St. Catherine of Alexandria’s Debate with the pagan Sages

Castile, around 1500-1510
Oil on panel
140 by 113 cm.
Provenance: Madrid, private collection; Barcelona, private collection.
Literature: González 2004, pp. 578-579 (reproduced).

The work before us here is an altarpiece compartment portraying St. Catherine’s Debate with the Pagan Sages, a subject we have already dealt with in this catalogue when studying a panel by Gonçal Peris Sarrià (cat. 3). The saint is depicted in the middle of the composition, dressed in a gold and green robe with luxurious brocade and a blue cloak. Her presence is dignified thanks to the fabric awning or cloth of honour hung behind her, executed in gold leaf and painted with floral motifs using the estofado method. The sages are arranged on each side of the throne, holding books and in debate with the saint. Some of these are standing, while others are sat on wooden benches of a semi-circular structure. At Catherine’s feet we can observe a cushion on which an open book is resting, and whose text is difficult to make out, although the first column of the left-hand page appears to read “in personis”. The saint seems to be following it, while carrying out a computatio with her fingers, a gesture in stark contrast to the vacuous gesticulatio of her opponents[1].

The room where the scene is taking place is deep with openings on both sides, through which we can see landscape and sky. The space is covered by an interesting ribbed vaulted ceiling, whose polychrome ribs are pictured in different colours. In the foreground, a multi-lobed arch supported by two pillars provides access to the space and serves to frame the scene. Its presence, along with that of the paving tiles with Moorish motifs, lends the panel an exotic appearance that seems to evoke the saint’s North African origins.

The panel was displayed in 2004 at the Los Reyes Católicos y la Monarquía de España exhibition held at Valencia’s Museo del Siglo XIX from September to November 2004[2]. Saying that, its inclusion in said event was not coupled with an appropriate approach to its style and artistic affiliation, given the exhibition catalogue listed it as by Alonso de Sedano, an attribution that is hard to justify, while also positing a number of parallels that are not valid. As such, we should absolutely rule out any possible provenance from the church of San Esteban in Burgos, as suggested there.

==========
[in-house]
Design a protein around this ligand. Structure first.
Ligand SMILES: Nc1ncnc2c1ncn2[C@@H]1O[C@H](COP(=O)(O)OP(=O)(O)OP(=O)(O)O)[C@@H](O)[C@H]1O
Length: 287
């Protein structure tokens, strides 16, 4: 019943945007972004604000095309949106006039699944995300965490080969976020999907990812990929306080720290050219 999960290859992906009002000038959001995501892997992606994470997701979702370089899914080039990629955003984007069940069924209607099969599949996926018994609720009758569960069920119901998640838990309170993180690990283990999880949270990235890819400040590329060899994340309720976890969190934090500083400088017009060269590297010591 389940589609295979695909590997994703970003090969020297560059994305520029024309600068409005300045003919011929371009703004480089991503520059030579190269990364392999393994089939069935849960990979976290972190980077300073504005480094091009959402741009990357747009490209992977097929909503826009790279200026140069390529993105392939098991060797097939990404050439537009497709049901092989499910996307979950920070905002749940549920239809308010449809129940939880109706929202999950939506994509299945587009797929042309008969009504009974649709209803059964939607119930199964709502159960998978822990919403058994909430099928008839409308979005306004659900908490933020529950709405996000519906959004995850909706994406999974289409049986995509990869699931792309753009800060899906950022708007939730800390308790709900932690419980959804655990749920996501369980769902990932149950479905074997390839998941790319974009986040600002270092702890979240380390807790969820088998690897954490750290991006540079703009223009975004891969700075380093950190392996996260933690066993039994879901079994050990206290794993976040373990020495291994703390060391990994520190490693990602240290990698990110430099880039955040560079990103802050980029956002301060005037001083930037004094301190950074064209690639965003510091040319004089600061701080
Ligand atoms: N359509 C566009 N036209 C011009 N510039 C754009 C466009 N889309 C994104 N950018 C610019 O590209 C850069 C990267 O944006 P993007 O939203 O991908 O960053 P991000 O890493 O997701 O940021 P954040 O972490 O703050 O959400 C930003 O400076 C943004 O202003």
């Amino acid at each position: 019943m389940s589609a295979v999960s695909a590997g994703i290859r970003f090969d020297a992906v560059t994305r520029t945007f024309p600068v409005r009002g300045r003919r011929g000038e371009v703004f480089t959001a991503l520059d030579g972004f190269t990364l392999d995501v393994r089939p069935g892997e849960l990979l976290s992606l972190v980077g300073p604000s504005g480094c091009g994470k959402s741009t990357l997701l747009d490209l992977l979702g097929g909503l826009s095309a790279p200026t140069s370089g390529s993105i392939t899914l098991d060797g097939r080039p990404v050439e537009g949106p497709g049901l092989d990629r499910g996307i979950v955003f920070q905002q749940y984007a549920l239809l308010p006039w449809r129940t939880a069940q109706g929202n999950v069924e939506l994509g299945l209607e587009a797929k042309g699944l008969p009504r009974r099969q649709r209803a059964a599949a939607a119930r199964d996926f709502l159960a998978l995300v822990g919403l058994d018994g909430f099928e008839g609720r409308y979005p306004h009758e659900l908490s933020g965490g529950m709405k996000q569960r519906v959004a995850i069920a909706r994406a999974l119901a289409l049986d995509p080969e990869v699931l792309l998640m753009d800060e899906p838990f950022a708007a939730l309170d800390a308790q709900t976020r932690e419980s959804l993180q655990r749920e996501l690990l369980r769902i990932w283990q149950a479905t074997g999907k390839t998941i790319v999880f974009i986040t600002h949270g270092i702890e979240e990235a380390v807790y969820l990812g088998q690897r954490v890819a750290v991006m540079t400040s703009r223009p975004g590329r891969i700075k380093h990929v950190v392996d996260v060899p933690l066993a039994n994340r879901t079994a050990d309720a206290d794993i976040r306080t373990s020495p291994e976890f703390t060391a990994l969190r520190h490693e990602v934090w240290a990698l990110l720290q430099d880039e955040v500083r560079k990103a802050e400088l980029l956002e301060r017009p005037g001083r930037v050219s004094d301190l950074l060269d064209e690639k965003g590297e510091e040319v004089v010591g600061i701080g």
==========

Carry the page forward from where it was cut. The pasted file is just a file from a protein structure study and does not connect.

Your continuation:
Its style does, however, make it quite clear this was an altarpiece compartment that came out of the painter Fernando Gallego’s immediate circle, and should be directly linked to a Martyrdom of St. Catherine preserved at the Museo del Prado (inv. P003039, 125 x 109 cm) (fig. 6 from the introductory text) since 1962, having been purchased from the Madrid-based antiques dealer Ángel Lucas[3]. The style and dimensions attest to their belonging to the same altarpiece, and the few centimetres of difference between the two is due to the fact that in the Galería Bernat panel the reserve towards the top has survived.

The close link between these two works is further borne out by the robe worn by the saint and the awning hung behind her in the panel depicting the debate, which present the same gilt work and brocade decorations, with carxofa (artichoke) motif and executed using the estofado technique, as with the robe worn by the Emperor Maxentius in the Prado panel. We observe the same reds in the clothing worn by some of the sages in our panel as in a couple of figures from its companion panel. Catherine’s face, her long wavy locks, halfway between blond and ginger, are once again common to both panels.

The compartment from the Prado has been identified, stylistically, as belonging to the circle of Fernando Gallego, although some authors, such as Camón Aznar and García Sebastián, rather optimistically attributed it to the master himself. The latter even suggested the martyrdom panel might have been the fruit of Gallego’s period in Salamanca, dating it to around 1483-1485[4]. Saying that, technical studies carried out at the time showed that the underlying drawing did not match Gallego’s normal work, which corroborated what we can surmise from the pictorial layer[5]. We can therefore conclude that the work is drawn in a manner that has much in common with what we find in the compartments depicting the Healing of Blind Bartimaeus and the Transformation of Water into Wine from the altarpiece of Ciudad Rodrigo (Salamanca), carried out by Fernando Gallego’s workshop, as was detected some years ago with the restoration of the series of panels from said altarpiece, now preserved at the Meadows Museum in Dallas[6].








[1] As indicated by González 2004, p. 578.

[2] González 2004.

[3] Sánchez Cantón 1962a, p. 306; Sánchez Cantón 1962b, p. 72.

[4] Camón 1966, p. 577, pl. XXVI-XXVII; García Sebastián 1979, p. 20, 48 and 54, fig. 46.

[5] Garrido-Cabrera 1981, pp. 43-48. Cfr. Silva 2004, p. 40.

[6] Barry 2008, pp. 200-201.

The Prado Museum table has been placed, exactly, in the circle of Fernando Gallego, although authors such as Camón Aznar or García Sebastián attributed it to the master. The latter came to consider the table of martyrdom as the work of the Salamanca period of Gallego and to place it around 1483-1485.